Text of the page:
Still alive. 2005
Yes, yes, I've been really quiet, but things are fine. I'm just spending long intense days on the computer at work and not been inclined to pick it up again at home. It'll be better in a week after I get through all my big presentations.
How are you? What's going on in your world? Or, if you want a less far-reaching question, what's the last delicious thing you ate?
Happiness and busy-ness.
Kickass wonderful hamachi at Osaka Sushi on Castro Street near 18th.
Recipe: sopa de zanahoria y horchata 2005
Melt the butter over medium heat in a big saucepan.
Add shallots and let cook for half a minute or so.
Add the carrots.
Cook, stirring frequently.
When more than half the carrots show browning from the butter, add broth.
Cover and cook 5 minutes.
Stir, cover, cook 5 more minutes.
Stir, cover, cook 5 more minutes.
Puree with hand mixer (or food processor or blender, but the Braun MultiQuick is the easiest to clean).
Heat up again if necessary and serve.
Makes 4 servings.
This is a sweet soup and could probably be very nicely garnished with garlic croutons. Note that though it tastes sweet and rich and decadent, it's actually quite low calorie.
It was only after I was writing this post that I realized the maker of the broth I used and of Rice Dream are the same company. Hey, Imagine! Keep making this horchata - it rocks!
(Thanks go out to the ever wonderful Jane for translation assistance).
Bathroom trash after the part-time girl dropped by on our way out 2005
Forgot to write about this last year and just got reminded of it:
On my way back from SXSW 2004 I was doing the crossword puzzle on the plane. Among the clues:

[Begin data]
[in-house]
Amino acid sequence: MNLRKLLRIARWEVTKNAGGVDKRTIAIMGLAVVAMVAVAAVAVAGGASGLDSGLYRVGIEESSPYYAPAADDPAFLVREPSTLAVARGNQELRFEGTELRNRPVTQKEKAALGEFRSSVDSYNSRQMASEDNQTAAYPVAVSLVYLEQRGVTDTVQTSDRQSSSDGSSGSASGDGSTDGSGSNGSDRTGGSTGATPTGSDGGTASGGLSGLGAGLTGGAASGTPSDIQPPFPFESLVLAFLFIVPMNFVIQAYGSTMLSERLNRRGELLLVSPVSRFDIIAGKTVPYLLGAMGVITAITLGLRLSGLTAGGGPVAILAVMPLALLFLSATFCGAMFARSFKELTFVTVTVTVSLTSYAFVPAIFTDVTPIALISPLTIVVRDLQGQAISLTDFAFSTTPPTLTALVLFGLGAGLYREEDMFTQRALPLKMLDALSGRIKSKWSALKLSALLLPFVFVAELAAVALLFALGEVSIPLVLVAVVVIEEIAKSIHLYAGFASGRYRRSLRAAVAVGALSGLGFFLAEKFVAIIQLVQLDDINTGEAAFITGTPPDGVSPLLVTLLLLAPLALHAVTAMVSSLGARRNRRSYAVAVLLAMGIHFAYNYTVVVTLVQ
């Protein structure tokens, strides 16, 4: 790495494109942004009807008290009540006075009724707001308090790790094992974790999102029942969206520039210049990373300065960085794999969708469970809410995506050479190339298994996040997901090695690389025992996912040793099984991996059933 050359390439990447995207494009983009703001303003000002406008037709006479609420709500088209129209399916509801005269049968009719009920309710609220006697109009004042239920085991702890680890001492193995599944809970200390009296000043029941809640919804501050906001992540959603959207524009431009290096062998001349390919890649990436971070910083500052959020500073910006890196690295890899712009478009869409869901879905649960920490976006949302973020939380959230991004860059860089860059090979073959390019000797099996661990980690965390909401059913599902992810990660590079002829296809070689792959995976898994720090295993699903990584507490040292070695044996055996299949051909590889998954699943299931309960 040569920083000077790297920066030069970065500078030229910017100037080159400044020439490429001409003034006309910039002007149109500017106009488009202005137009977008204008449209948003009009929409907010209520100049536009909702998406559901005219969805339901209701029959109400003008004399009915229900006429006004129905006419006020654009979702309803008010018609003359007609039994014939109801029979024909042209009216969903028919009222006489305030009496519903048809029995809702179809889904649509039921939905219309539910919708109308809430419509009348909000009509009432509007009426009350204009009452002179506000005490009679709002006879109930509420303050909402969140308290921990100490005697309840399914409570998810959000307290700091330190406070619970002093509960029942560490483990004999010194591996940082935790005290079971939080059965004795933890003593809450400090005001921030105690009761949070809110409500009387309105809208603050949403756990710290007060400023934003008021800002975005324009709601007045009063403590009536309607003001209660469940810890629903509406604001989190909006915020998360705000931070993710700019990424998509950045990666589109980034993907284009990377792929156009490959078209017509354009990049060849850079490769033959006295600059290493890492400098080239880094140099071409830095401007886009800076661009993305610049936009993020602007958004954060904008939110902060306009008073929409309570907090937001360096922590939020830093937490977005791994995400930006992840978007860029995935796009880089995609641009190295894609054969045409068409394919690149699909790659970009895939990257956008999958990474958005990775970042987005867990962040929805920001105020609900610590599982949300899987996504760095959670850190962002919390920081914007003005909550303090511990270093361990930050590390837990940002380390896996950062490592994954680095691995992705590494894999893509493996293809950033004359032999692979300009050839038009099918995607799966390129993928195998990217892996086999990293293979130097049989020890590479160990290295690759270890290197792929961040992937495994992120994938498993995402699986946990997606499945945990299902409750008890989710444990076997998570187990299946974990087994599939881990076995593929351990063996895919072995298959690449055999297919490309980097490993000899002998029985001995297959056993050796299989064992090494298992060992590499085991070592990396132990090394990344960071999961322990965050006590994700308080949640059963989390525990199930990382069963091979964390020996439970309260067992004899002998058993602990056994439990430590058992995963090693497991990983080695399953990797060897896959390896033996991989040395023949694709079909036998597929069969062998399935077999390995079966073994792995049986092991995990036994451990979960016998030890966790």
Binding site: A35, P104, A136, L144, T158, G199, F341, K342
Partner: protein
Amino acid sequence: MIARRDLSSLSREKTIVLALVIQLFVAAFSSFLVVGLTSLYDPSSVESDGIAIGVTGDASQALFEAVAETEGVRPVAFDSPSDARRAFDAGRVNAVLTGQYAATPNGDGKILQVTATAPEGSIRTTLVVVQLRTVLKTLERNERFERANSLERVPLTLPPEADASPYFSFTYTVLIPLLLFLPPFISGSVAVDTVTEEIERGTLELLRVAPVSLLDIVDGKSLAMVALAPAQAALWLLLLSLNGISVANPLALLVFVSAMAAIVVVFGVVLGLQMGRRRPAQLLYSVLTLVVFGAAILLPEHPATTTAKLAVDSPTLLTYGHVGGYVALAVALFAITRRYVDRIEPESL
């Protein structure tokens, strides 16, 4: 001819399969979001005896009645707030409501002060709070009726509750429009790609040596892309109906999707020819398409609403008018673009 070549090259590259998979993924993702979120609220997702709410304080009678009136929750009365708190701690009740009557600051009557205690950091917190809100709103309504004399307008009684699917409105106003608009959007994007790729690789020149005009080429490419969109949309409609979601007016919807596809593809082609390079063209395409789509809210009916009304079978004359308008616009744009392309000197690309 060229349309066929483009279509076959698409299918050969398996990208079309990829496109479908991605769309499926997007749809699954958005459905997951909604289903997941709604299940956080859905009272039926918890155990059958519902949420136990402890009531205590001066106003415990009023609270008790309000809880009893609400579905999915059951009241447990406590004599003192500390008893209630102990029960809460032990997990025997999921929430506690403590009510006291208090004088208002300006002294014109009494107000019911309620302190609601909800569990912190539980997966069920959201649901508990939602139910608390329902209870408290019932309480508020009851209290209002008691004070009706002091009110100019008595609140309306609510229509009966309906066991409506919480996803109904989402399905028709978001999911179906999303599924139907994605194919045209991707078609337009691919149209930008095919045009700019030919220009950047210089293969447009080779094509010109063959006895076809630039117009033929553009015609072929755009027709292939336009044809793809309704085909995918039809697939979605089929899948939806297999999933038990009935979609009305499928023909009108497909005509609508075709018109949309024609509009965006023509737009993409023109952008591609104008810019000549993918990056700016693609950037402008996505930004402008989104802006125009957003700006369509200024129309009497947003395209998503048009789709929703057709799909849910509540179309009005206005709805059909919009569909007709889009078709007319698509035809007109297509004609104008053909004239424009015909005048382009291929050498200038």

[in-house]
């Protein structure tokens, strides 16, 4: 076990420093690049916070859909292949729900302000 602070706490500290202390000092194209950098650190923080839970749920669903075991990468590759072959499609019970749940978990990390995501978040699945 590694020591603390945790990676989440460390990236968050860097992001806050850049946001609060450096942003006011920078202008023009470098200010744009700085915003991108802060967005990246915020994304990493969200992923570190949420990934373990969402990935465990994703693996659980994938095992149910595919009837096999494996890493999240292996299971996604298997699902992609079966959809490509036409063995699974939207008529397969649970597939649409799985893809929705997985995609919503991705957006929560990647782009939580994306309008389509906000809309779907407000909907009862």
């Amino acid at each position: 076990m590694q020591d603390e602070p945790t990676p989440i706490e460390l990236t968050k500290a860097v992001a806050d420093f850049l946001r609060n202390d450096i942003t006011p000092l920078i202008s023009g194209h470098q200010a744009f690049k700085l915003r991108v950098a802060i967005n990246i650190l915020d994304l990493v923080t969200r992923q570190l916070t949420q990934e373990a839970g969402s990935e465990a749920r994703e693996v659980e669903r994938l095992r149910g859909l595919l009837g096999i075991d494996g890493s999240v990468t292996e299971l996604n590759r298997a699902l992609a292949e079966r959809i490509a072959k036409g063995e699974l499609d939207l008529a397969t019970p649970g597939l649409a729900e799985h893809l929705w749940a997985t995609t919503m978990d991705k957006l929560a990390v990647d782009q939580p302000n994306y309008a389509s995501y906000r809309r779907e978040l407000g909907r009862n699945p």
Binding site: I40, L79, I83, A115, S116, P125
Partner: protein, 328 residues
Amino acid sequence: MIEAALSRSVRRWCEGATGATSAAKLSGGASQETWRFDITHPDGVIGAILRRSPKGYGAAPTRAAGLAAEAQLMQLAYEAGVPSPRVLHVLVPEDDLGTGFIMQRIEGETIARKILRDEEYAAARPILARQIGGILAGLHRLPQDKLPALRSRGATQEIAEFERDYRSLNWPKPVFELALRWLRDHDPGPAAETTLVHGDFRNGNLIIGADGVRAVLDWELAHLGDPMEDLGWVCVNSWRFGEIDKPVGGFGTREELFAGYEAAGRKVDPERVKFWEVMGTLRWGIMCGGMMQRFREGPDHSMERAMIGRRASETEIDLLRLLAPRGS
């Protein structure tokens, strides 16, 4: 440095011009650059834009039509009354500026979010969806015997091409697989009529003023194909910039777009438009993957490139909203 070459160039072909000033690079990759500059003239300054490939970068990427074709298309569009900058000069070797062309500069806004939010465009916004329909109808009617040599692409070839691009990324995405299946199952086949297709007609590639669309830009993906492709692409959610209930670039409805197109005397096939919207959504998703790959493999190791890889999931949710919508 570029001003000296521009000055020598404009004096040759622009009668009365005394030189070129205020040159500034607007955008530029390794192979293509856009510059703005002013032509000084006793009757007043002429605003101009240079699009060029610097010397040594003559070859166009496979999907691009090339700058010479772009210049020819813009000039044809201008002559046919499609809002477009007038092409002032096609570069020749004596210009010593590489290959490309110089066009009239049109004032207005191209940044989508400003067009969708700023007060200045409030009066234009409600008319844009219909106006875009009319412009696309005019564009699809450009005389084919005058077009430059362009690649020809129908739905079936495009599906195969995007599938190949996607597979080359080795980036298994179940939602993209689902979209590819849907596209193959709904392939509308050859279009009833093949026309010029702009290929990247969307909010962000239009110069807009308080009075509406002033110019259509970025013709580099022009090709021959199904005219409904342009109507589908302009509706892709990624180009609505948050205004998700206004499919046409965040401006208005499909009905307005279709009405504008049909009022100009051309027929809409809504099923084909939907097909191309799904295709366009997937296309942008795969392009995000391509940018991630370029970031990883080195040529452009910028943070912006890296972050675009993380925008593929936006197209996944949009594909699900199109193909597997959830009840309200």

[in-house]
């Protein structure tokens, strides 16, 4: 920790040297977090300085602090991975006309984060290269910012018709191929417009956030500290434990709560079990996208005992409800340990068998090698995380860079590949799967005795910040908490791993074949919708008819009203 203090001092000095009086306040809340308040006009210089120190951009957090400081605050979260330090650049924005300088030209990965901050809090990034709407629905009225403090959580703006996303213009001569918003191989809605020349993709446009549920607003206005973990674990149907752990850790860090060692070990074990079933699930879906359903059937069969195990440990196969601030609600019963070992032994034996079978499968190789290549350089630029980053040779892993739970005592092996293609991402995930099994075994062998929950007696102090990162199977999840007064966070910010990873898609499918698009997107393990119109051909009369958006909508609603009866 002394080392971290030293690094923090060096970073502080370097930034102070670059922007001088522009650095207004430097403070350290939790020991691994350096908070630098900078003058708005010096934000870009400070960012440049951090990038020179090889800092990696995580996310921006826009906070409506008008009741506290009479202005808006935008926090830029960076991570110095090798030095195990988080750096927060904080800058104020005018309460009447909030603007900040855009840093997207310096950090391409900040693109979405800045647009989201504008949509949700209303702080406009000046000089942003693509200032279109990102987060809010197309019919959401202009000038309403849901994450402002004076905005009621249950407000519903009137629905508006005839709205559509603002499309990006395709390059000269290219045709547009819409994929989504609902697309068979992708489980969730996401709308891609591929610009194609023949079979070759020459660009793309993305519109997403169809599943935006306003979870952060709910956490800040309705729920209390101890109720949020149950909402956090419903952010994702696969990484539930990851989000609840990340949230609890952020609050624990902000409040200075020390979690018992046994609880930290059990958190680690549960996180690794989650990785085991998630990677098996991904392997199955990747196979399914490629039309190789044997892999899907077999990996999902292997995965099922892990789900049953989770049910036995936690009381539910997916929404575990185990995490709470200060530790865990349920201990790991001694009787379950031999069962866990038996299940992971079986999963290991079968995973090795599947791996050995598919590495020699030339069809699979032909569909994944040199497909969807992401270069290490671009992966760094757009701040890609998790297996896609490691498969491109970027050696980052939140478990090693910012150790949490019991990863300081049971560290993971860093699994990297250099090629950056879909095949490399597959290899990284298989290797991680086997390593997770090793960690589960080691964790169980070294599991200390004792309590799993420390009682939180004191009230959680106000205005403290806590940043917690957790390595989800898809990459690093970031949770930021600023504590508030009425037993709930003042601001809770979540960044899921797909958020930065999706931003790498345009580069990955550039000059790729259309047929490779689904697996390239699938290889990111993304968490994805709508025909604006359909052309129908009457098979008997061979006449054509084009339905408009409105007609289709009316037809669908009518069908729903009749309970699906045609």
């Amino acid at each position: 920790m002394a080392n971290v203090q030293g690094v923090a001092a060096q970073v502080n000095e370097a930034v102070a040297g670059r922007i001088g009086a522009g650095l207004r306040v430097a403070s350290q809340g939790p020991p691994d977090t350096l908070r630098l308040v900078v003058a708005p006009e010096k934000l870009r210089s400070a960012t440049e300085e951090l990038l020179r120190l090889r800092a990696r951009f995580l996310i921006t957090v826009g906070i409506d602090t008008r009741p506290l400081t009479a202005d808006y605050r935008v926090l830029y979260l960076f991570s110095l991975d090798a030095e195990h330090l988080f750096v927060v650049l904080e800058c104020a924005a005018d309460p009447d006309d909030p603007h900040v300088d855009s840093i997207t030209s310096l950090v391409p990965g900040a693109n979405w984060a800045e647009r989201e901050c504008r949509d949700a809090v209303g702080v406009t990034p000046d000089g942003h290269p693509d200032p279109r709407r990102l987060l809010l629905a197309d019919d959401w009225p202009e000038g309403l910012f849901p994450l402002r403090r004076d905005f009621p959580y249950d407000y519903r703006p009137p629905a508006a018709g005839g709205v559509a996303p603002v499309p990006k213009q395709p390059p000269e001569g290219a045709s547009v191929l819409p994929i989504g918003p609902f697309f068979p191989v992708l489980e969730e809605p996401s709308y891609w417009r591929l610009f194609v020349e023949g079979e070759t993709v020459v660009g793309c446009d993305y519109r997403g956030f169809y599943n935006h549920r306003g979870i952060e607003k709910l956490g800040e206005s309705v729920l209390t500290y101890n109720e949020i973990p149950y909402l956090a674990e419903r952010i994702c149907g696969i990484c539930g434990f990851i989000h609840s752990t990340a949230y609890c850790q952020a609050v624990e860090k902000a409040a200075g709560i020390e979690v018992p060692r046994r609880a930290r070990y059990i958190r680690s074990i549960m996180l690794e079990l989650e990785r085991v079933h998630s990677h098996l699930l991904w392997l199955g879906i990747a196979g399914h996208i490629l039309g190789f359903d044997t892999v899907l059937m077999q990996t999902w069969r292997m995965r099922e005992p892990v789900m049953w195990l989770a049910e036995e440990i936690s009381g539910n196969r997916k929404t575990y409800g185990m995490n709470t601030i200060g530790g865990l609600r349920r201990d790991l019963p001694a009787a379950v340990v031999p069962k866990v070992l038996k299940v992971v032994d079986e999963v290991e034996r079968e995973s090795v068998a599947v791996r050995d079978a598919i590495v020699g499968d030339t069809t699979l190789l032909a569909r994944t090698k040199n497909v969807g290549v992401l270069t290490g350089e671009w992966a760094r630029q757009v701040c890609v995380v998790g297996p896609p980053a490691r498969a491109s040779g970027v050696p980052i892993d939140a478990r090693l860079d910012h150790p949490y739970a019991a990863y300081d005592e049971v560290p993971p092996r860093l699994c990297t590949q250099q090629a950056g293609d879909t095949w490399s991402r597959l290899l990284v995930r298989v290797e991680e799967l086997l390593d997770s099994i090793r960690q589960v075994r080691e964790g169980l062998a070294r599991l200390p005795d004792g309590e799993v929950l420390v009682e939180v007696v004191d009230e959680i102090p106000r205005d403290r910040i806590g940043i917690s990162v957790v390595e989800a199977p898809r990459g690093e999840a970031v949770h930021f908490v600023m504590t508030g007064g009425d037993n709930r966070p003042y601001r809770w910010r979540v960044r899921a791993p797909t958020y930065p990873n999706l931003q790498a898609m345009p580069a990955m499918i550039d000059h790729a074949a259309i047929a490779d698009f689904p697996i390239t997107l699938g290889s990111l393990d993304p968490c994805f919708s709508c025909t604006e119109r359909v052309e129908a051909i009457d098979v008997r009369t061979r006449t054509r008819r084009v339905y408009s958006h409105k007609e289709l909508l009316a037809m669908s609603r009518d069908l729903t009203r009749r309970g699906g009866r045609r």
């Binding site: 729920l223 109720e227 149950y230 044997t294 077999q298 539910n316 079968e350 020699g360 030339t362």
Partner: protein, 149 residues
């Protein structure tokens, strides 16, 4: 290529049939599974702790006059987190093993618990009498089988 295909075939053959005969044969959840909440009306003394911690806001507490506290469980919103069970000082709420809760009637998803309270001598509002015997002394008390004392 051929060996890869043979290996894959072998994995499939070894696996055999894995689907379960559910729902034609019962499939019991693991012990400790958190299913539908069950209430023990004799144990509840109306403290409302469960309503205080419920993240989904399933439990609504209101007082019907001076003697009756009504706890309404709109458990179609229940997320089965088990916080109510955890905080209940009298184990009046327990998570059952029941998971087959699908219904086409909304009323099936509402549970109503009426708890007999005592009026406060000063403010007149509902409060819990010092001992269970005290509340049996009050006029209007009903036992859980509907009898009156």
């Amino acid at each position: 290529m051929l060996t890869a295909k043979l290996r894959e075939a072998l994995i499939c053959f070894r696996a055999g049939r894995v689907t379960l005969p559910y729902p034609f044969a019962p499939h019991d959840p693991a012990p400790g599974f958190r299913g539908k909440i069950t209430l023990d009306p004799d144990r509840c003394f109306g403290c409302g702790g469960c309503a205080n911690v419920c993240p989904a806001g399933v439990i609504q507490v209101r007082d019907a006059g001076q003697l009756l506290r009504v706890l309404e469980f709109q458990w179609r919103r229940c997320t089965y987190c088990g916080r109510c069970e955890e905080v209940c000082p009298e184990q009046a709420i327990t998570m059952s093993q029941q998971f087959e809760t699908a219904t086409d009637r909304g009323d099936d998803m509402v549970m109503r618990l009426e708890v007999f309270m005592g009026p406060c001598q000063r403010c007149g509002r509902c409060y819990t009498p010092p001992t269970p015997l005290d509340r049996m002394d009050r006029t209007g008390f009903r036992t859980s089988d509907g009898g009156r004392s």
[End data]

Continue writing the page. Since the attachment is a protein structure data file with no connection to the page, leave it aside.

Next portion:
Unravel, as a rope
The answers being my name and the storytelling event at which I'd just performed my "Schwag Queen" duties.
One morning the BART train had a problem 2005
At Civic Center I stepped up into left side of the normally level with the platform train. Didn't think anything of it until we got to West Oakland when there was a terrible juddering sensation and the smell of burning plastic.
Because the car was riding askew, the rail by the door hit the platform edge and scraped the plastic edging.
Note how low the door is
Back to rights
See the scraped paint? And note how the railing is not actually pulled free? It bent a little bit.
Within 10 minutes of us piling out onto the West Oakland platform, they had fired some little shock absorber jet things under the car and leveled it out.
A normal car for comparison
New essay up on Discardia: Internal Clutter
Bloggers Without Borders, lessons learned 2005
Those of you who visited Bloggers without Borders back in December and January who have visited it in the last month or so have no doubt noticed a change; it got real quiet. This is not because Sean, Jonas and I suddenly decided it was a bad idea. It's just that it was Sean, Jonas and I doing most everything when it was hopping and we are some of the worst people you could choose for a site to depend on our full attention. We are just too busy to give it all it deserves.